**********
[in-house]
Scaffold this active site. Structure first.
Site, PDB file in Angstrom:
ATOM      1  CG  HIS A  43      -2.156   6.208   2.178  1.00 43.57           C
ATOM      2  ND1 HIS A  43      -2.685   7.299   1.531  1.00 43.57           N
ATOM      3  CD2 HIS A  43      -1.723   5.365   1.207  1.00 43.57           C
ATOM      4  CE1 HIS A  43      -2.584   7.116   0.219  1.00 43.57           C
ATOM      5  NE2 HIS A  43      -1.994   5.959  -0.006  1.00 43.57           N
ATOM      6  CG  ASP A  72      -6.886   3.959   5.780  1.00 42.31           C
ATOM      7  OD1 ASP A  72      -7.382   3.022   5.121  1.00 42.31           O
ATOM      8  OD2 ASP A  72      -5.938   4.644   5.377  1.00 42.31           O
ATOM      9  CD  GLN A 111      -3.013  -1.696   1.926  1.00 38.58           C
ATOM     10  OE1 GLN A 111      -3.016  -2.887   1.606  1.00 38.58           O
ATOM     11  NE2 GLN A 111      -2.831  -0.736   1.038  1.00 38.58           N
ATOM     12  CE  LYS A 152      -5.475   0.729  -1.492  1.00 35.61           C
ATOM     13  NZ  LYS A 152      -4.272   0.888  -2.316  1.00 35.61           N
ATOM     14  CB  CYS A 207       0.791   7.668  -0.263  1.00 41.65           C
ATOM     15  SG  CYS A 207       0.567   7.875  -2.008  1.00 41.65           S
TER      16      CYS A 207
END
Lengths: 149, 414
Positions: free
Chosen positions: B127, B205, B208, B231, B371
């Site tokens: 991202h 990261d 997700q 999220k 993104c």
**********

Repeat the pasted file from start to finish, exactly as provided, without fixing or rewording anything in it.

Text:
[in-house]
Scaffold this active site. Structure first.
Site, PDB file in Angstrom:
ATOM      1  CG  HIS A  43      -2.156   6.208   2.178  1.00 43.57           C
ATOM      2  ND1 HIS A  43      -2.685   7.299   1.531  1.00 43.57           N
ATOM      3  CD2 HIS A  43      -1.723   5.365   1.207  1.00 43.57           C
ATOM      4  CE1 HIS A  43      -2.584   7.116   0.219  1.00 43.57           C
ATOM      5  NE2 HIS A  43      -1.994   5.959  -0.006  1.00 43.57           N
ATOM      6  CG  ASP A  72      -6.886   3.959   5.780  1.00 42.31           C
ATOM      7  OD1 ASP A  72      -7.382   3.022   5.121  1.00 42.31           O
ATOM      8  OD2 ASP A  72      -5.938   4.644   5.377  1.00 42.31           O
ATOM      9  CD  GLN A 111      -3.013  -1.696   1.926  1.00 38.58           C
ATOM     10  OE1 GLN A 111      -3.016  -2.887   1.606  1.00 38.58           O
ATOM     11  NE2 GLN A 111      -2.831  -0.736   1.038  1.00 38.58           N
ATOM     12  CE  LYS A 152      -5.475   0.729  -1.492  1.00 35.61           C
ATOM     13  NZ  LYS A 152      -4.272   0.888  -2.316  1.00 35.61           N
ATOM     14  CB  CYS A 207       0.791   7.668  -0.263  1.00 41.65           C
ATOM     15  SG  CYS A 207       0.567   7.875  -2.008  1.00 41.65           S
TER      16      CYS A 207
END
Lengths: 149, 414
Positions: free
Chosen positions: B127, B205, B208, B231, B371
């Site tokens: 991202h 990261d 997700q 999220k 993104c």